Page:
In January 2017, Flagstone sued Herbits and one of the entities he was working with — the Coalition Against Causeway Chaos — for malicious prosecution and interference, but a Miami-Dade circuit judge dismissed the lawsuit this summer, saying the company had failed to establish a basis for its claims. Three weeks later, Flagstone filed an amended complaint.
“It suggests to me that their primary goal is to bankrupt me,” Herbits said. “I have been told Mehmet holds me personally responsible for ruining his project.”
The project’s origins
Bayraktar’s family ventured into real estate in the late ’70s with the construction of Turkey’s first indoor shopping mall, the Galleria Ataköy in the suburbs of Istanbul, according to the 2001 proposal Flagstone submitted to the city. Galleria Ataköy also has two hotels, waterfront restaurants and a marina, just as Island Gardens would. At the time of the proposal, Flagstone was one of three development teams that submitted bids to build on Watson Island.
Flagstone won the bid, and in November 2001, Miami voters approved the company to develop the project. But it would take another three years for Flagstone and Miami officials to hammer out the first of several agreements that laid out how much the company would pay the city in annual rent and the percentage of gross revenues to be shared with the local and state governments.
During the same period, Flagstone was going through the planning and zoning process to obtain approval for its major special use permit, the official document that would authorize the company to build the massive mixed-use development.
The City Commission approved the agreement in 2003 and the permit in 2004, but Flagstone faced delays over the next two years as a result of two lawsuits filed against the city by Herbits that challenged the permit approval, saying it was inconsistent with Miami’s master plan and zoning code. Both times, Flagstone intervened on the city’s behalf and beat Herbits in court.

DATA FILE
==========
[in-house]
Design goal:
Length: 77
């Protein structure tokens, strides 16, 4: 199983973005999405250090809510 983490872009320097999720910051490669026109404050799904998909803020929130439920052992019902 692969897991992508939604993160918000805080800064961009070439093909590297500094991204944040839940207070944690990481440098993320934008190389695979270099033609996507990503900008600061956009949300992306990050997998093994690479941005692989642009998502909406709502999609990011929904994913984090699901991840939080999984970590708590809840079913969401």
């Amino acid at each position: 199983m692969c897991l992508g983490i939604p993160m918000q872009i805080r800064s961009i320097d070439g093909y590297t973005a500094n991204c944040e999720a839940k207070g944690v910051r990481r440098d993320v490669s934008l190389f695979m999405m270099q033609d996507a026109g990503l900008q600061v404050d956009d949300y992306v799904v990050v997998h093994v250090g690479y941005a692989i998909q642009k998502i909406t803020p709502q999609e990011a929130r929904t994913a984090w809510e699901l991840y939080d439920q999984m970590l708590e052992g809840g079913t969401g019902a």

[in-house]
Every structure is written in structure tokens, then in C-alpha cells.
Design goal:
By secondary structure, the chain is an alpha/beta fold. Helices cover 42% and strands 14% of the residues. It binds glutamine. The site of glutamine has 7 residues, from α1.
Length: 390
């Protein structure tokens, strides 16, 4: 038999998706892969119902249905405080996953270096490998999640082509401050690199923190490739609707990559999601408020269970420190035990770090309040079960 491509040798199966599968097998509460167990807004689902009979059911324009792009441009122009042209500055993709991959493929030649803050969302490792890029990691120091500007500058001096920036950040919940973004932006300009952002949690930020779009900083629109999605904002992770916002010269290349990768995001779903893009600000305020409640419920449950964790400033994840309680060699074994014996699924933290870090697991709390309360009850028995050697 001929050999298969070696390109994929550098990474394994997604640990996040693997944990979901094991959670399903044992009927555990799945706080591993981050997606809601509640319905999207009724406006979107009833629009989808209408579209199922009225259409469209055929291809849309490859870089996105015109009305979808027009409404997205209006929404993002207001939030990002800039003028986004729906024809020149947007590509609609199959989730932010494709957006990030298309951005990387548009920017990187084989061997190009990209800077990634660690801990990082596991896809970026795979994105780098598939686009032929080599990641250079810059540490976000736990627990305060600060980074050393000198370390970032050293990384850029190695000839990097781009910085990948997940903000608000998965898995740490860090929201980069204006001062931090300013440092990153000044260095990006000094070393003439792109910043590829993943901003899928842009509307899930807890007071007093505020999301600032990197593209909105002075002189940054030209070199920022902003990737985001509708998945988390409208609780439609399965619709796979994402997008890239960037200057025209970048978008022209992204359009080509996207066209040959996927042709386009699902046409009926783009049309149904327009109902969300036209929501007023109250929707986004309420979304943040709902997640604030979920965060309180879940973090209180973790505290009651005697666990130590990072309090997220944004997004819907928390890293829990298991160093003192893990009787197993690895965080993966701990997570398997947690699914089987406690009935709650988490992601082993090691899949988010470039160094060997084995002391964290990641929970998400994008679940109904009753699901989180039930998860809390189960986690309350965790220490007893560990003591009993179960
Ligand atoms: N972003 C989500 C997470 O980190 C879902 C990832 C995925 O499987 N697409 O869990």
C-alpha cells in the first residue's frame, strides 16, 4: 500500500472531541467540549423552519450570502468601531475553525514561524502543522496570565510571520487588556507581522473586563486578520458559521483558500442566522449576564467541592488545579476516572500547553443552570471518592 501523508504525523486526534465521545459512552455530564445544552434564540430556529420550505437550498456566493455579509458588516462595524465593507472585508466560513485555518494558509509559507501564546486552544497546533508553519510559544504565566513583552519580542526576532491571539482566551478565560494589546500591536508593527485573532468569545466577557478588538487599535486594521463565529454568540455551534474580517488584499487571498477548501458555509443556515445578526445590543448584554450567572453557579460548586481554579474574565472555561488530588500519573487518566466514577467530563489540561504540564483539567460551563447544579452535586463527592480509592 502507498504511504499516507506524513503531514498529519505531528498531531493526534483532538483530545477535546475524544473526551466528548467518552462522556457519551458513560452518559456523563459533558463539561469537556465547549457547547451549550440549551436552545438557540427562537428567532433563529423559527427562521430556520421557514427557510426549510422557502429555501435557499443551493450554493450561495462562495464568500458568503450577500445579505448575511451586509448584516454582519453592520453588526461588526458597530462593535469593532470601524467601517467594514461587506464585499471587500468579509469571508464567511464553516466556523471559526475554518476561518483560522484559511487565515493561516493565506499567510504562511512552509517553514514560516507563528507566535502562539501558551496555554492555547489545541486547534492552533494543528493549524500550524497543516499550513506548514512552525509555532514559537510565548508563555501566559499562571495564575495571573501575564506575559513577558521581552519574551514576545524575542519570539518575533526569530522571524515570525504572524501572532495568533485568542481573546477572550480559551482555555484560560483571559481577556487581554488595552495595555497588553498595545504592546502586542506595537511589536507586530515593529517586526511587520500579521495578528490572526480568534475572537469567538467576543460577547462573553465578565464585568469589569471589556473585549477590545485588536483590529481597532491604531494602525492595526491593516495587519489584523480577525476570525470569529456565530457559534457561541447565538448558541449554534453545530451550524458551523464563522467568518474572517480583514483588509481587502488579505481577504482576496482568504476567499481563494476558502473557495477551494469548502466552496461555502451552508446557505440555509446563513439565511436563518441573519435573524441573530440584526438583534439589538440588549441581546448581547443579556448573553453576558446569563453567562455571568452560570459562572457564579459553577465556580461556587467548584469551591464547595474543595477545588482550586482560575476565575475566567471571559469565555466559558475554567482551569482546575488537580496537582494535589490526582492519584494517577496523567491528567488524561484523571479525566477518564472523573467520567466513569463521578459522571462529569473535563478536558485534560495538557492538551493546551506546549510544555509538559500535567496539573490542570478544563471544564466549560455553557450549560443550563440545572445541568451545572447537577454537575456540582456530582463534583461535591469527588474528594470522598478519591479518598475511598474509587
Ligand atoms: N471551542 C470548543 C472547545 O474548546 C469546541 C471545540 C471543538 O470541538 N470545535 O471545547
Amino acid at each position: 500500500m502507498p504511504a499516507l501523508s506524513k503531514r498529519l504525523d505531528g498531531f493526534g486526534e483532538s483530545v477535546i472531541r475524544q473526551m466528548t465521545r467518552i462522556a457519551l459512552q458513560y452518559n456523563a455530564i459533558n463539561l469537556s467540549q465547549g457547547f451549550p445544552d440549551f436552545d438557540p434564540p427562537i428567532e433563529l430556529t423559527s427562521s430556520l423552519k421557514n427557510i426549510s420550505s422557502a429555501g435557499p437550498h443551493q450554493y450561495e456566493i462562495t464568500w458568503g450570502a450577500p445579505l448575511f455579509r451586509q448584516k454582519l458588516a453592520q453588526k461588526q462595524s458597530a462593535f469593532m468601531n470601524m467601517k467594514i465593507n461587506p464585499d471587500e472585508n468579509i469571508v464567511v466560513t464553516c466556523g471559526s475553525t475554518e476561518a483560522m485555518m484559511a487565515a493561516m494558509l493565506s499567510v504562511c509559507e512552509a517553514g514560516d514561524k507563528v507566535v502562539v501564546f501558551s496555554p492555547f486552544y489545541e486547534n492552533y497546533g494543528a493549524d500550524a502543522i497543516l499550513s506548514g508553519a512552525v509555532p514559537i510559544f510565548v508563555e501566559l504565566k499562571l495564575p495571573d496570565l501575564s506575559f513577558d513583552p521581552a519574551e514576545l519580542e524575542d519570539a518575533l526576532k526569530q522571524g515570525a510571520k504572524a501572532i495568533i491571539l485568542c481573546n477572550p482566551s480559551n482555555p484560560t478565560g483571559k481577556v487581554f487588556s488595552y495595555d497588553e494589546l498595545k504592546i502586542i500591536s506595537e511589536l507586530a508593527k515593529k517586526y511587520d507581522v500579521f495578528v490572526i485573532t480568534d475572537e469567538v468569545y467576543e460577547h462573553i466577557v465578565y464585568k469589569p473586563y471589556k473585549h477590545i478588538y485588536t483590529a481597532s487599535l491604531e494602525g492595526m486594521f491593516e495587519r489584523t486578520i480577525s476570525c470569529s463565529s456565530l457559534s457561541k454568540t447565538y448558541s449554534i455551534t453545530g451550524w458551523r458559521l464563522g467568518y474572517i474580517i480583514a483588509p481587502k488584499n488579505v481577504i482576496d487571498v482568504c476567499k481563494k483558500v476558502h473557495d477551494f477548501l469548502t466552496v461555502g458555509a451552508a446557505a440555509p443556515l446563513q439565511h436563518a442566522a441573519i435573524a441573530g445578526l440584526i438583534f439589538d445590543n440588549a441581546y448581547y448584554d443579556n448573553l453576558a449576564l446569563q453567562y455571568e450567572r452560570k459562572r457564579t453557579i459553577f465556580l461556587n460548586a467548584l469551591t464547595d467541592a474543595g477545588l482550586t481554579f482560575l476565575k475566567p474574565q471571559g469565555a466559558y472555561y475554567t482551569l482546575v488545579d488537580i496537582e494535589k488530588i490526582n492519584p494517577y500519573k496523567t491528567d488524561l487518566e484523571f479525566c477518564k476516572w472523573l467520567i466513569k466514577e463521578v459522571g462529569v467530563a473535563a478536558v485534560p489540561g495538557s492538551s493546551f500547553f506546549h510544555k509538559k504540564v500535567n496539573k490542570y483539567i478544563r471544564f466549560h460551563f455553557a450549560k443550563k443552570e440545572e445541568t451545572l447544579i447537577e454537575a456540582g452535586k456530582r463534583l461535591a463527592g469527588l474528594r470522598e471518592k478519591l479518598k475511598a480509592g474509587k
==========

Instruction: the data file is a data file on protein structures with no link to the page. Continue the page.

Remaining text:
In court documents, Flagstone claims that between 2006 and 2008, the company secured construction loan term sheets for the hotel component from United Mellon National Bank and the marina component from Bank of America and brought in the Abu Dhabi Investment Authority as an equity partner. But a year later, Flagstone’s lenders and the Authority backed out due to the global financial crisis, according to Flagstone attorney Eugene Stearns of Stearns Weaver Miller Weissler Alhadeff & Sitterson.
The company also amassed $2.1 million in construction liens against the property and failed to pay $415,000 in monthly preconstruction rental payments between 2004 and 2009, court documents show. Flagstone paid the rent it owed the city at the end of 2009, after officials threatened to cut ties with the company.
In 2010, city commissioners approved amendments to the agreement allowing the company to build the project in phases after Flagstone paid a one-time advance of $1.5 million in rent. At the time, Miami’s elected officials expressed reluctance to end the deal and start the entire process of bidding out Watson Island from scratch, according to meeting minutes of the City Commission and old press clips.